The Future Looks Brighter for Premature Babies Thanks to Stem Cell Research and Tissue Engineered Intestines


Dr. Tracy Grikscheit is a leading surgeon in the field of tissue engineering. Dr. Grikscheit, together with her colleagues at Children’s Hospital Los Angeles, co-authored an article for the Cell Stem Cell journal that features a discussion of tissue-engineered intestines for babies born prematurely. Tissue engineering is a procedure that takes place in the laboratory and creates new tissue from stem cells.

A recent article in Science Daily highlights Dr. Grrikscheit’s work and explains how premature babies are often born with underdeveloped and diseased intestines. Currently, the options for a small number of healthier babies are intestine transplants. Even then they must wait months to be strong enough to endure the procedure.

Necrotizing enterocolitis is one of the diseases that attacks the intestines of premature babies. If the disease becomes severe, surgery must be performed to remove the portion of the intestine that has become infected

Dr. Grikscheit’s article is associated with a European consortium known as INTENS.  One of its goals is to establish bowel reconstruction. This is accomplished by way of tissue engineering and as a treatment for patients with short bowel syndrome.

About Short Bowel Syndrome (SBS)

Babies who are born without the normal amount of healthy tissue, when part or all of the small intestine is missing, can develop dehydration and malnutrition. The bowel cannot perform its normal function and the result is an intestine failure or short bowel syndrome.  Currently, SBS cannot be cured.

Treatment includes parenteral nutrition which involves being fed by needle directly into the bloodstream (intravenously). The survival rate is low and the cost of treatment is extremely high.

Another method involves the use of a feeding tube. The most dramatic solution for severe short bowel syndrome is intestine transplant using donor tissue.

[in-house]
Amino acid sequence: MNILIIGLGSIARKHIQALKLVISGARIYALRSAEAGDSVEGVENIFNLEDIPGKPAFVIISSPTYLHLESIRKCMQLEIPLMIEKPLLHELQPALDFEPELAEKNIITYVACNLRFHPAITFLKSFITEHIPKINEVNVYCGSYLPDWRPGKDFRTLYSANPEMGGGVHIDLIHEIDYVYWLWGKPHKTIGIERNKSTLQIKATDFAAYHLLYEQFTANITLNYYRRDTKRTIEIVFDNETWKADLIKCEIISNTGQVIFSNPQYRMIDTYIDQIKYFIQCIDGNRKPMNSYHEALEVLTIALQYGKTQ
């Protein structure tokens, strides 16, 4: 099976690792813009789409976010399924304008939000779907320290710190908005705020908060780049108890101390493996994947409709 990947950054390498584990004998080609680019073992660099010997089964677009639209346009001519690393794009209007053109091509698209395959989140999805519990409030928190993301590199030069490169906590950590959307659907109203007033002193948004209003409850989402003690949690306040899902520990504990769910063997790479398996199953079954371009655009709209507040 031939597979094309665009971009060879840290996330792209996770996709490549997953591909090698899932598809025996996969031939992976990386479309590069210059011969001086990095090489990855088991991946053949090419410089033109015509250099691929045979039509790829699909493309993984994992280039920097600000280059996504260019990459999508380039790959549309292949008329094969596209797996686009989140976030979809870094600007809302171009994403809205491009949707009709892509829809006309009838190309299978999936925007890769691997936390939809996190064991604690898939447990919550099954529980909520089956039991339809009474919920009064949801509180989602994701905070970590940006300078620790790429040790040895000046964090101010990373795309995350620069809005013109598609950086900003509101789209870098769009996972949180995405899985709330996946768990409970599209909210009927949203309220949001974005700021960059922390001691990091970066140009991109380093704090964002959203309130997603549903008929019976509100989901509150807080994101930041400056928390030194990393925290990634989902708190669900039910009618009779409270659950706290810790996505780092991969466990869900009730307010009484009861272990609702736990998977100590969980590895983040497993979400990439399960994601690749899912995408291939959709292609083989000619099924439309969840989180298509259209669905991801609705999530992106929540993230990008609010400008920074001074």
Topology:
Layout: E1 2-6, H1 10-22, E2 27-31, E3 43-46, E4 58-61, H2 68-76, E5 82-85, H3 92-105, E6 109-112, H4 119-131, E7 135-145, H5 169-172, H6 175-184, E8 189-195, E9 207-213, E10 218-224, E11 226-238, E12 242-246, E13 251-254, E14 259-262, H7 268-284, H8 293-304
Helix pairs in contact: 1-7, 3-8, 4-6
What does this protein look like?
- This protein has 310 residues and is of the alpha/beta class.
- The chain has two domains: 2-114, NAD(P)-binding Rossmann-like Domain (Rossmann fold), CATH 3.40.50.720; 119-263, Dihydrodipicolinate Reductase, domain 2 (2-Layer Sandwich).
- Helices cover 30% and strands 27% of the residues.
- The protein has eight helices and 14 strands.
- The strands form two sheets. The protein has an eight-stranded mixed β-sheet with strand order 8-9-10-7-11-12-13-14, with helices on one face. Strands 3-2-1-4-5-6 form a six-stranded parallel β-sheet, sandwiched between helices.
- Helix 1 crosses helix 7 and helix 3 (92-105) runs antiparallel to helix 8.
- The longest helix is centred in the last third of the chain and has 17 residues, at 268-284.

But transplants present many problems such as the baby having to wait months until it is big enough and strong enough to undergo major surgery.

Another complication involves the side effects that accompany the requisite anti-rejection medications. The third consideration is that only about 50% of intestine transplants are successful.

The doctors are cognizant of these complications and the dire prognosis for these babies. They are determined to continue their work with new stem cell tissue that will eventually extend the lives of babies with serious intestinal impairments.

About Stem Cells

Stem cells are the perfect material for organ repair as they are capable of developing into many different types of cells.

Stem cells may help babies with intestinal disorders in one of two ways. They can either come from the patient’s intestine or they can be taken (“off the shelf”) from a stem cell supply that is then engineered as intestinal tissue.

Both methods have advantages. The treatment may be decided in accordance with the child’s condition.

It is noteworthy that the researchers have recently been able to generate large stockpiles of intestinal tissue. The numbers have been increasing every year.

Dr. Grikscheit acknowledges that they are not ready to deliver the therapy to babies but she states that their plans are on track and they are “getting closer”.

Rose Duesterwald

Rose Duesterwald

Rose became acquainted with Patient Worthy after her husband was diagnosed with Acute Myeloid Leukemia (AML) six years ago. During this period of partial remission, Rose researched investigational drugs to be prepared in the event of a relapse. Her husband died February 12, 2021 with a rare and unexplained occurrence of liver cancer possibly unrelated to AML.

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